As you may have already guessed, cat anorexia is a condition wherein your cat loses his or her appetite and either refuses or is unable to eat. Because appetite is a psychological factor rather than a physical one, there are many causes of cat anorexia. Your biggest concern should be whether there is some more serious underlying condition causing the anorexia as a loss of appetite in cats may signify a variety of illnesses from digestive system diseases to diseases of the kidneys, blood, eyes, mouth, nose, throat, skin, and even brain. On the other hand, your cat may be refusing to eat simply because he doesn’t like the food you’re serving. Likewise, behavioural causes, like stress or anxiety, can lead to cat anorexia. Whatever the causes, a loss of appetite severe enough to diagnose anorexia is a very serious problem that must be treated.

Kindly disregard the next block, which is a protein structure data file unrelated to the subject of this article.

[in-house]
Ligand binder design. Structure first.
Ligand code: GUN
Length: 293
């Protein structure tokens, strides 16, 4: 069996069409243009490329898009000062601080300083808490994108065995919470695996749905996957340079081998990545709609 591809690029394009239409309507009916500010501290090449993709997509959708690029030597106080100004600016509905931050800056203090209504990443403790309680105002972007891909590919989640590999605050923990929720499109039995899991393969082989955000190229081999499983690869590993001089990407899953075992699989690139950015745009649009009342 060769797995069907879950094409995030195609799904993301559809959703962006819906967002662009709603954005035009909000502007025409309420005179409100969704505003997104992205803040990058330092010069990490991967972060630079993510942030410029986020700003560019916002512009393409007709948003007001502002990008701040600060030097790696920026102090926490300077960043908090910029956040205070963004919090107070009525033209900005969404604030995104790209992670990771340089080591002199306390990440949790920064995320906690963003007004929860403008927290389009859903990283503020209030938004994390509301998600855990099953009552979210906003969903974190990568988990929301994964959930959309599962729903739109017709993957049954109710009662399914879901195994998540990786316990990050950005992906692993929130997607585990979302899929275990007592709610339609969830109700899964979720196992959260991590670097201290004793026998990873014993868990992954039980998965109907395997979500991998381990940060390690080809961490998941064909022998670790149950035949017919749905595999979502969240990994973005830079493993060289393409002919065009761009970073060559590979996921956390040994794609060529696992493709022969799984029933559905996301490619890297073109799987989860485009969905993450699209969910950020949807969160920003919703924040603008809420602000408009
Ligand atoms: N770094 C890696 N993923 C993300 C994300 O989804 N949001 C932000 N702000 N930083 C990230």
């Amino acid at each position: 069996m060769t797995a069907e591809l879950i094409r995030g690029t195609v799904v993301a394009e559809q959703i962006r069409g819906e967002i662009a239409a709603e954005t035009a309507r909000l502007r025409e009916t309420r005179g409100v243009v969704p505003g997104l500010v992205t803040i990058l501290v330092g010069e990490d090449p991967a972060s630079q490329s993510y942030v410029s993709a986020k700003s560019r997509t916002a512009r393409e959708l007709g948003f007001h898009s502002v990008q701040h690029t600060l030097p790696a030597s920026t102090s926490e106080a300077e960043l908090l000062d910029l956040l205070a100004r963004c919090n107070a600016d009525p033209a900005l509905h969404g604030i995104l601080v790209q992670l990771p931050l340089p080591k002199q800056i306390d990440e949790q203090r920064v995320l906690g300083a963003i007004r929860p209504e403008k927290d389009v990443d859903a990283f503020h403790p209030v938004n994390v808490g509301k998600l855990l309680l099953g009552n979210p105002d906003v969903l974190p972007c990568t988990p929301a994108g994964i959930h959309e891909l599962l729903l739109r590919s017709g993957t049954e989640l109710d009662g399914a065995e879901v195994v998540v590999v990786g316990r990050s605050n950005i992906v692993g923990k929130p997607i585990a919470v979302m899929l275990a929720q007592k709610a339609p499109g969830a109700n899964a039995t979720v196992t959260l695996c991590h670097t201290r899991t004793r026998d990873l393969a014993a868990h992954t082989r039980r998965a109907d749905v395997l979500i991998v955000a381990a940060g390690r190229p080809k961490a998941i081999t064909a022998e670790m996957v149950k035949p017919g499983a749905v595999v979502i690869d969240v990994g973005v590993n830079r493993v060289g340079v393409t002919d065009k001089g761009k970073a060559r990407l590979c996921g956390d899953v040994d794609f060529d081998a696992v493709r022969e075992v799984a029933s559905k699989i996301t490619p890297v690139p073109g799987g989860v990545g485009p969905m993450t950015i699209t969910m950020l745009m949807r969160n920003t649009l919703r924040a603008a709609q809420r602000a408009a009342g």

Diagnosing anorexia can be a bit tricky because of the range of causes and because many people don’t associate anorexia with cats. A veterinarian will conduct a thorough physical exam including a complete blood panel and urinalysis, x-rays of the chest and abdomen, and fecal examination in order to make an accurate diagnosis. From there, your vet should be able to tell the causes of the anorexia and therefore the best treatment plan. For example, if your vet determines that an intestinal parasite is causing your cat’s loss of appetite then treatment will be focused on removing/killing the parasite. However, some causes of anorexia are not directly treatable meaning the anorexia itself requires treatment. This usually includes IV administration of fluids, hand feeding, or the use of appetite stimulants. These treatments are designed to get your cat healthy again but may not completely solve the problem of anorexia. Changing your cat’s diet or coaxing it to eat may still be required.